CSE’s advice to the 107th Congress

As you depart to your respective retreats, CSE would like you to keep in mind the priority issues for its 280,000 members nationwide. The 107th Congress should provide a number of opportunities to address several key issues and we hope that this information will help you make the case for a pro-active free market, pro-consumer agenda.

Provide Meaningful Tax Relief to All Americans

The Issue: We are currently experiencing the highest rate of taxation since WWII. This is unacceptable in a peacetime environment with record budget surpluses. Each taxpayer overpaying his or her share created these surpluses. It is the taxpayers money and they deserve a refund. Providing isolated, specific tax cuts only serves to benefit the few. Only by providing across-the-board tax cuts will every American receive a benefit.


A new Gallup poll shows that 74 percent of Americans favor “a cut in federal income taxes.”

Americans are currently paying over one-third of their income in total taxes.

Even Alan Greenspan supports tax cuts contending that they “may, in fact, do noticeable good” for the economy.

How to Provide Real Tax Relief?

CSE supports the passage of the full comprehensive tax package as proposed by the Bush Administration.

Any tax package MUST include an across-the-board rate cut!

Other tax relief that should be included: death tax elimination and marriage penalty relief.

Modernize and Save the Social Security System

The Issue: The current Social Security system will begin paying out more than it receives in 2015 and unless reforms are enacted, the system will be broke by 2031. Not reforming Social Security will saddle future generations with over $22 trillion in liabilities. The current situation is untenable and unfair, especially for low-income minority groups. Beneficiaries should be allowed to use some of their Social Security funds to invest in personal retirement accounts to earn a higher return and pass their wealth onto their loved ones.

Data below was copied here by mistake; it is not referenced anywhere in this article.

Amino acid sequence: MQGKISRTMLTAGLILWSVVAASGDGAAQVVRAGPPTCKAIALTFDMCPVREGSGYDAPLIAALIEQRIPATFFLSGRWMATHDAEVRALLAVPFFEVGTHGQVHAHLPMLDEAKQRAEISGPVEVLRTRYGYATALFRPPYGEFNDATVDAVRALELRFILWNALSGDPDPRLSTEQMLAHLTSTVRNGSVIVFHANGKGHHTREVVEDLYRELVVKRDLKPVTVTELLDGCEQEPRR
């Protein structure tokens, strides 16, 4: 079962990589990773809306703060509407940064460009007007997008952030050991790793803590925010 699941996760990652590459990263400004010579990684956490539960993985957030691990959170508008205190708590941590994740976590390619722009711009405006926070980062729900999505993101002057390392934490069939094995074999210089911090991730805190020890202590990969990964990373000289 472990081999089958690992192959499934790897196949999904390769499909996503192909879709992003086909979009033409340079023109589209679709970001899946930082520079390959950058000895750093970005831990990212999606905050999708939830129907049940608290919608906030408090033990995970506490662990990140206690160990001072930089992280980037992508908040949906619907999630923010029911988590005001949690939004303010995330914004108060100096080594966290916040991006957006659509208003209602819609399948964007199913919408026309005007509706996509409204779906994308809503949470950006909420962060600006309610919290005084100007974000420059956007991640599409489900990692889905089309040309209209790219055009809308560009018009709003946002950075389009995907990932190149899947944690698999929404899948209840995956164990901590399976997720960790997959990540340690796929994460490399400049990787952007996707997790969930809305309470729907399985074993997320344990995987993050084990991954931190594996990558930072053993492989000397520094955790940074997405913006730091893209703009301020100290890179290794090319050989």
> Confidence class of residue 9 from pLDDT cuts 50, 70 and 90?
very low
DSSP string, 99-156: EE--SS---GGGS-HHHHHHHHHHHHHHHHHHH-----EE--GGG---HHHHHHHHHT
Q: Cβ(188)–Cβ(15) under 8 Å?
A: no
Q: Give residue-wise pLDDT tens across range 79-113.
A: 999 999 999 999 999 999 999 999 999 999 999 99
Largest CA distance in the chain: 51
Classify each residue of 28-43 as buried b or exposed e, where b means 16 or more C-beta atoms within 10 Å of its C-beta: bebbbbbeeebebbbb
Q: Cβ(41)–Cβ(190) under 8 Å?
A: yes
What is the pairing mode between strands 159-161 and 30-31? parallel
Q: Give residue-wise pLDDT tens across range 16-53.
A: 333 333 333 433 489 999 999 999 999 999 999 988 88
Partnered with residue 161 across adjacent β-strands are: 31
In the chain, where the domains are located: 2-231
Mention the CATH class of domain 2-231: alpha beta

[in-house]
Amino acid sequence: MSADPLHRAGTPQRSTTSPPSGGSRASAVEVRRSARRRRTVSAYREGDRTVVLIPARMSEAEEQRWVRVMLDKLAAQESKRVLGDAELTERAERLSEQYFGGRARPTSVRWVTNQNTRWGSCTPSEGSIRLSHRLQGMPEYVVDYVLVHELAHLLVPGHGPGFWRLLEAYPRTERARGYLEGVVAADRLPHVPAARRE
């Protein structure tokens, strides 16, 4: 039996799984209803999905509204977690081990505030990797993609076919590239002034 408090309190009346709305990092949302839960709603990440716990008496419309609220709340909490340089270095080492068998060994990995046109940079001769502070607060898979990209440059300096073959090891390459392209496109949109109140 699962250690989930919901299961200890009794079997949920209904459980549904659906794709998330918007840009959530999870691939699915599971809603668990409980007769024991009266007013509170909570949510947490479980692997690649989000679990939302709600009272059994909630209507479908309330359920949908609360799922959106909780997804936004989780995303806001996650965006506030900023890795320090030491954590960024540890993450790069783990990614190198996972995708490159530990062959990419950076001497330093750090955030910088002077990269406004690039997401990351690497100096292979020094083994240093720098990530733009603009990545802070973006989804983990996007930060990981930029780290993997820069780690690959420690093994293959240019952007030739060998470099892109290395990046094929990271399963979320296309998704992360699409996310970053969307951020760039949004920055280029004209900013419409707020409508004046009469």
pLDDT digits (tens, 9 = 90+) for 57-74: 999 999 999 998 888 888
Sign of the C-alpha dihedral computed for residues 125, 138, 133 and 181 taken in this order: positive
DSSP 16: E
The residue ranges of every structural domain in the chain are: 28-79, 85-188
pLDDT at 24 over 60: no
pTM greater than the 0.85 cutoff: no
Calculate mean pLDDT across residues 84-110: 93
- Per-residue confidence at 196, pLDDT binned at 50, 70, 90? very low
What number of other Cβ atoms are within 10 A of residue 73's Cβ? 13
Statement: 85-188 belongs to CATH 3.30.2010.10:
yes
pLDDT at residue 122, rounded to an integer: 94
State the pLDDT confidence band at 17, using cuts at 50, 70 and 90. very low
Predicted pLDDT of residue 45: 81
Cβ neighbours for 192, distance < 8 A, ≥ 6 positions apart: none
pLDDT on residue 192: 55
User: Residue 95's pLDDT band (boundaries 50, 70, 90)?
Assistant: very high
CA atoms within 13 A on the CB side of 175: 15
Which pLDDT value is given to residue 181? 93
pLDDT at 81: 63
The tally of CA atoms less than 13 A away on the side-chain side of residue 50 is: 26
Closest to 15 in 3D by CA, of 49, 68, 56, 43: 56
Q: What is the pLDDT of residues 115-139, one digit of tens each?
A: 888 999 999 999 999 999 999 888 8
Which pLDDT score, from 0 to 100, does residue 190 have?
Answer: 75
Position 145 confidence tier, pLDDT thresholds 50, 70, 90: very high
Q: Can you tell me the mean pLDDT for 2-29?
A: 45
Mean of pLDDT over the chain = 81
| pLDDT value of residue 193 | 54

In 1950, there were 16 workers for each Social Security recipient. Now there are barely three workers per recipient and that ratio will fall to two per beneficiary by 2030.

Personal Retirement Accounts (PRA’s) are the key to giving workers a better return on the money they put into the system, a chance to accumulate real wealth, and gain personal control over their retirement security.

A 33-year-old worker paying into the program today can expect about a 1.2 percent return compared with an average 7 percent return for other safe investments.

CSE’s Five Principles for Sound Social Security Reform

Make sure that current retirees know they will receive every dollar promised.

Allow working Americans to divert a portion of the 12.4 % payroll taxes into PRA’s that they control.

Provide Americans that choose the PRA’s with a broad range of viable options.

Guarantee Americans that they would receive at least as much in benefits with their PRA’s as they are now promised by Social Security.

Grant recipients full control of their retirement nest egg and the right to pass on any unused funds to their family or favorite charity.

Give Back Our Legal System to Decent, Honest Americans with Real Grievances

The Issue: CSE believes that our system of civil justice is the crown jewel of our democracy. Unfortunately, greedy trial lawyers are exploiting the system. Our legal system now bases liability on ability to pay, rather than actual fault. Government is also exploiting our legal system by using the civil courts as a means to regulate. As Robert Reich wrote, “the era of big government may be over, but the era of regulation through litigation has just begun.”